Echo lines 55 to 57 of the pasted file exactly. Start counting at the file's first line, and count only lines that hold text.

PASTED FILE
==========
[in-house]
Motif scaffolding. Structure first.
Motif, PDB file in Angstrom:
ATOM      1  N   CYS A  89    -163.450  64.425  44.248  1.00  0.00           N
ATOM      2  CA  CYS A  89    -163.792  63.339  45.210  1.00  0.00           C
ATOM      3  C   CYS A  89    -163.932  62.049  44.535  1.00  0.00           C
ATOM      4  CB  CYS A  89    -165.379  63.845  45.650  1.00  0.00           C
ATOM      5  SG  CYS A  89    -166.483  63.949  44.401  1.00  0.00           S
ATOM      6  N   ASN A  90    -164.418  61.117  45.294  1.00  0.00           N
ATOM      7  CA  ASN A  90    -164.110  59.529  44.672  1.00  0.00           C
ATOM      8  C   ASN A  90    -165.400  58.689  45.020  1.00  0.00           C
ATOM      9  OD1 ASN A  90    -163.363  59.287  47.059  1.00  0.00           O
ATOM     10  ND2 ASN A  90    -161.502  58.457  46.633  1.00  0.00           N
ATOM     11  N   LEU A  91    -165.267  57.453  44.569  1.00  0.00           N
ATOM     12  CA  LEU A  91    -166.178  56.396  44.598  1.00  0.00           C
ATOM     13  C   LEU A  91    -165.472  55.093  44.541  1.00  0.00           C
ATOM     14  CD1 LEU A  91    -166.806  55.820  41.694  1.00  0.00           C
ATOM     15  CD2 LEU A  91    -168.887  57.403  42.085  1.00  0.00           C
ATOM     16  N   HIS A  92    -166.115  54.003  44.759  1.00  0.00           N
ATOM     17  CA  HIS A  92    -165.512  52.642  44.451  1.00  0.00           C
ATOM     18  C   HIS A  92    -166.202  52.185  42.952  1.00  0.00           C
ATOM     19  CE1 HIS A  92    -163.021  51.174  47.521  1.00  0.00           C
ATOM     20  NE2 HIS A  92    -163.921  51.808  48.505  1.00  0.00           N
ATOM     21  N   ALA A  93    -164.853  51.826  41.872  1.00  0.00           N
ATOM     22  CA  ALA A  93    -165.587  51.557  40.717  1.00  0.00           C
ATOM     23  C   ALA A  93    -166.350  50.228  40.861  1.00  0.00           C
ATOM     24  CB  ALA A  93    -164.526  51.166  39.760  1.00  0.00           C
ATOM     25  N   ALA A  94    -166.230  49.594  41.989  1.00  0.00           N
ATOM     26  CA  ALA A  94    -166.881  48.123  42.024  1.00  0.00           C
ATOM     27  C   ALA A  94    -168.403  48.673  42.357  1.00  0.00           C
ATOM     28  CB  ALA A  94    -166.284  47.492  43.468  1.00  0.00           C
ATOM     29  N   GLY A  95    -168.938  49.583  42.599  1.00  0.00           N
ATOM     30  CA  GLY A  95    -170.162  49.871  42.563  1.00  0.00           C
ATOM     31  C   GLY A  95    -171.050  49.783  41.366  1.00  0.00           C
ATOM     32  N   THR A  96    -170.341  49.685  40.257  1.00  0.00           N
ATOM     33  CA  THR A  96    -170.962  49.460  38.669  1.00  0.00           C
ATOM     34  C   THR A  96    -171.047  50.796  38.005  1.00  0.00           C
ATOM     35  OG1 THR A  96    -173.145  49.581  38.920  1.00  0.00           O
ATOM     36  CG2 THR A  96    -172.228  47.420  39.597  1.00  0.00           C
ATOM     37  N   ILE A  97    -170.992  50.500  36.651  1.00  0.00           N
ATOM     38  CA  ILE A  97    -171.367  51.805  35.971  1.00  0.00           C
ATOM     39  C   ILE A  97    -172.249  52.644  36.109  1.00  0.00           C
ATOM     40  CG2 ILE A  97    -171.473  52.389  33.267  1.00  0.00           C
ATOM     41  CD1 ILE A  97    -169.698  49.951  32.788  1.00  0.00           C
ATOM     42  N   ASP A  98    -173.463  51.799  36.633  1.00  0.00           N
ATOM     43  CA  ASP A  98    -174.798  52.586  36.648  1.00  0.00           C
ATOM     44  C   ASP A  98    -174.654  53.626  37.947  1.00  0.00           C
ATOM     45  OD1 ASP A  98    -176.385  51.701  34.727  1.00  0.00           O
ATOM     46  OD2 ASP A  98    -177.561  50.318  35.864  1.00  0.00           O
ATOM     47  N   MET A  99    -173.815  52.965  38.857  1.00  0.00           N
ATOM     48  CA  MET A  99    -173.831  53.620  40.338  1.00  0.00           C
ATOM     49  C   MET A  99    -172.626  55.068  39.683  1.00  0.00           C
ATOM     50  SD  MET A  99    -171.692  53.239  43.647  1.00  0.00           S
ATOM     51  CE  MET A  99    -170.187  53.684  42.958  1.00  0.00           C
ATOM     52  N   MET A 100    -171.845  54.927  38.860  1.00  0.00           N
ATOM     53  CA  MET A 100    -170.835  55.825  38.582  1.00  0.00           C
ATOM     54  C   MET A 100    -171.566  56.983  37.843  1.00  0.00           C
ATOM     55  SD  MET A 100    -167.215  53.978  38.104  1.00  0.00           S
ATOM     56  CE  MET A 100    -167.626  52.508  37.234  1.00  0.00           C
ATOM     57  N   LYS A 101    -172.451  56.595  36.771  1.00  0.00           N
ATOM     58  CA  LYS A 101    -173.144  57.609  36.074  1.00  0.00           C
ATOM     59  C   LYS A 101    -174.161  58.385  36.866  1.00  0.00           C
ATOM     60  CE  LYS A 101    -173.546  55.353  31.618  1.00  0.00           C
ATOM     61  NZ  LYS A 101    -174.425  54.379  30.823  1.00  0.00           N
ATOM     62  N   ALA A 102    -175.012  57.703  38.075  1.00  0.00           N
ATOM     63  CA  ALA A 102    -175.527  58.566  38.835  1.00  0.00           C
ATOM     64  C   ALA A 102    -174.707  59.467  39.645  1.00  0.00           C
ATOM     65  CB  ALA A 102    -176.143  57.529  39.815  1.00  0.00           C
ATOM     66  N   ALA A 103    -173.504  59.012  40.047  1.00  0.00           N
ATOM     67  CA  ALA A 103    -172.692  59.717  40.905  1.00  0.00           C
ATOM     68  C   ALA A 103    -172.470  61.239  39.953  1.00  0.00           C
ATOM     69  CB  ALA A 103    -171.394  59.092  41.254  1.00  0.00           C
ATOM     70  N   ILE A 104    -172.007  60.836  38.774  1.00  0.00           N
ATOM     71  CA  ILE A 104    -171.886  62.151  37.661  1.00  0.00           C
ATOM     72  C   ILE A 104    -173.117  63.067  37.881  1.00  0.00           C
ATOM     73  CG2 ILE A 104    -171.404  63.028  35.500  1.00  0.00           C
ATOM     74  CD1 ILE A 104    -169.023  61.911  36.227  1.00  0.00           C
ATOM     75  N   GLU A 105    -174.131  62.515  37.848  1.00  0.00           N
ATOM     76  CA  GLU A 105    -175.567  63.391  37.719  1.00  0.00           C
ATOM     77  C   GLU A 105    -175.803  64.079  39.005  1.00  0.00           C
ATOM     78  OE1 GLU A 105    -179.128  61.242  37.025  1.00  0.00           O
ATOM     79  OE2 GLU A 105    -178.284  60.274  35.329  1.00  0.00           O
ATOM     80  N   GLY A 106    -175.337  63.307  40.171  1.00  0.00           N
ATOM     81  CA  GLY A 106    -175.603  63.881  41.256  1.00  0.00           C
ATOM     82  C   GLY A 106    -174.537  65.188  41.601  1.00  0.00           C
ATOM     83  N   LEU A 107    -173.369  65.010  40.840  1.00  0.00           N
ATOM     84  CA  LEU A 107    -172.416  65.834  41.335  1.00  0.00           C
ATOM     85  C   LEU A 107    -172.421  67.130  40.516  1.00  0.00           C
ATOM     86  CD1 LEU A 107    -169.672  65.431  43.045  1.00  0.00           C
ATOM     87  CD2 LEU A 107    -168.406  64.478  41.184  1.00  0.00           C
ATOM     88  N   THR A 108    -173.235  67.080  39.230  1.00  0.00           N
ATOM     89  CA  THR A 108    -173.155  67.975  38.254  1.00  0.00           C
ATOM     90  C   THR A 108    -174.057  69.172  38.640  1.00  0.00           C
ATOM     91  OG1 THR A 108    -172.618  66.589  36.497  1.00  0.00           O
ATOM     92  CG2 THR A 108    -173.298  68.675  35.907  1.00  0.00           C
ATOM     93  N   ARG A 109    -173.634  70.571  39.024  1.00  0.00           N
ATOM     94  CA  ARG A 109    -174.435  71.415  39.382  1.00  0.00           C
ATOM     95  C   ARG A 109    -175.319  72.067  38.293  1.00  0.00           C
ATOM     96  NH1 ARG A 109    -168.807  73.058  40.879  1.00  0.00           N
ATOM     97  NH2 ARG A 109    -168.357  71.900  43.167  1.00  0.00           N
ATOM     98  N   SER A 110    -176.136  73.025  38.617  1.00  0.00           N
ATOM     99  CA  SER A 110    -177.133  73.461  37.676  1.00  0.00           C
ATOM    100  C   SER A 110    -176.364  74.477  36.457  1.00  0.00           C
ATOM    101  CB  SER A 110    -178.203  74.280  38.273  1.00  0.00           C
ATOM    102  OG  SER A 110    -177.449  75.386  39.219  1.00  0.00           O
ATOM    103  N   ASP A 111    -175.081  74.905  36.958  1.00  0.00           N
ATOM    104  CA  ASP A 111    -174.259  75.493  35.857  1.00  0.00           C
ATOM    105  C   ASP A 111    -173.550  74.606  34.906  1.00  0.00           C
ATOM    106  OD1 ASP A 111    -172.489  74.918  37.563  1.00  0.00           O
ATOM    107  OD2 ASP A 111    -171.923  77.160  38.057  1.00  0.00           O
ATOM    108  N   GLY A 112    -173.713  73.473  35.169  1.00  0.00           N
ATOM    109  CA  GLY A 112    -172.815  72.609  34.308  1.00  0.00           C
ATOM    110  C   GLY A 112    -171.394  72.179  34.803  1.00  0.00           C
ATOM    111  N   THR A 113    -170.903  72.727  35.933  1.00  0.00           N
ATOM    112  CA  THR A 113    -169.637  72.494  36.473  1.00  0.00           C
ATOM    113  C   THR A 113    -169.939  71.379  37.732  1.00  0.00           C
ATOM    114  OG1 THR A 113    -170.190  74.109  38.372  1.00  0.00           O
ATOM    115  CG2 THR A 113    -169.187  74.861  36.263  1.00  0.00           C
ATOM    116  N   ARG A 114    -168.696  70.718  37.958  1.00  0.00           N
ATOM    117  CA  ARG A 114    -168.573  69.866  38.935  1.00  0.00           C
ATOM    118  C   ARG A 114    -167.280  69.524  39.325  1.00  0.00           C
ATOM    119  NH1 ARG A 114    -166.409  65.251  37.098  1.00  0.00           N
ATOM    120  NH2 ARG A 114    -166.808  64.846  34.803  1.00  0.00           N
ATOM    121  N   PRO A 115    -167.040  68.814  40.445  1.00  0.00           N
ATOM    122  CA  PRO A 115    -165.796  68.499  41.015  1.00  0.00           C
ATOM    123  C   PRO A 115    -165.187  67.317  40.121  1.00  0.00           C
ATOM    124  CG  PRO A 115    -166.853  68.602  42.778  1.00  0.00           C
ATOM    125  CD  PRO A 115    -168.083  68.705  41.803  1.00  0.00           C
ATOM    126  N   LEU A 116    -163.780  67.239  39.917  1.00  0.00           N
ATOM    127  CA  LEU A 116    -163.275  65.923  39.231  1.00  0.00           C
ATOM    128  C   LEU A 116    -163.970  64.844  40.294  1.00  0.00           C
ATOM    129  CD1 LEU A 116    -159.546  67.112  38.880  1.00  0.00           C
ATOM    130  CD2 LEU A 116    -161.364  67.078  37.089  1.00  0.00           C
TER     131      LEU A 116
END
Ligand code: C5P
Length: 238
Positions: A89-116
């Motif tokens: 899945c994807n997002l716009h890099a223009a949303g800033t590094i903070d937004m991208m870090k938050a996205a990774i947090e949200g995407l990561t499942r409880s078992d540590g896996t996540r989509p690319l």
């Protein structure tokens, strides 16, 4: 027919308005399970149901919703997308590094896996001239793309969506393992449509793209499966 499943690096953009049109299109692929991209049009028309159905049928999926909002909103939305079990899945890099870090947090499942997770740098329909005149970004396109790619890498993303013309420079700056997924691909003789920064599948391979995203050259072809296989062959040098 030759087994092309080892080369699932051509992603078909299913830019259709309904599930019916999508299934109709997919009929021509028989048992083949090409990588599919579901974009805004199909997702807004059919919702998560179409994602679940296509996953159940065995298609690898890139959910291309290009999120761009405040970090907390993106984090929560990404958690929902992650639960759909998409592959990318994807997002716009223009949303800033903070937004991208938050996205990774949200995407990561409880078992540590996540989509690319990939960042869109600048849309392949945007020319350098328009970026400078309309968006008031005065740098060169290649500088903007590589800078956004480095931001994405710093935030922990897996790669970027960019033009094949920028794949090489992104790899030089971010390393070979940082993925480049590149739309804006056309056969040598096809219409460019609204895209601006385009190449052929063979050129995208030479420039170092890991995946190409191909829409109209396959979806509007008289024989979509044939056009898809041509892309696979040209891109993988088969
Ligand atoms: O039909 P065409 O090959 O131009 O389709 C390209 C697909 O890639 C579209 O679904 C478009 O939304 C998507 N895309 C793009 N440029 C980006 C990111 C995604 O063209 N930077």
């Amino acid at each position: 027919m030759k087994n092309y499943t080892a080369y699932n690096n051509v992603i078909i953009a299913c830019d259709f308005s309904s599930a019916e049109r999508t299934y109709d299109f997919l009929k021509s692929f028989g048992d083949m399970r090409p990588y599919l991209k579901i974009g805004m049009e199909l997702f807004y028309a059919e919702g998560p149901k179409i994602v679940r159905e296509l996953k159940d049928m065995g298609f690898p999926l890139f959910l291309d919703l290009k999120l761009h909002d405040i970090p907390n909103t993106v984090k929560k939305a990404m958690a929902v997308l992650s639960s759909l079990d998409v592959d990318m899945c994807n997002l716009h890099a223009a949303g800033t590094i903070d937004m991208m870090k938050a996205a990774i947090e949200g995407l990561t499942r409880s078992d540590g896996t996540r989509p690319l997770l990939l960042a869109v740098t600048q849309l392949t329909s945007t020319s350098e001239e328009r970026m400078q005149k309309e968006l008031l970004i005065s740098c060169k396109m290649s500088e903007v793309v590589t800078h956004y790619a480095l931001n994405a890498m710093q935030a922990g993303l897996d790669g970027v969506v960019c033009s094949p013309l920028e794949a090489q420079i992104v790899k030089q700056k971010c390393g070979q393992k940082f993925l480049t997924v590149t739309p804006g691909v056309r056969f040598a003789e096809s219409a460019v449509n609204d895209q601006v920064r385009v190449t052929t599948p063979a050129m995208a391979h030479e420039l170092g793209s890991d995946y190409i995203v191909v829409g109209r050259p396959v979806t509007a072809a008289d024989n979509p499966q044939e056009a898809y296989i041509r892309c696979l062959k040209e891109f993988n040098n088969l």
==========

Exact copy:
ATOM     52  N   MET A 100    -171.845  54.927  38.860  1.00  0.00           N
ATOM     53  CA  MET A 100    -170.835  55.825  38.582  1.00  0.00           C
ATOM     54  C   MET A 100    -171.566  56.983  37.843  1.00  0.00           C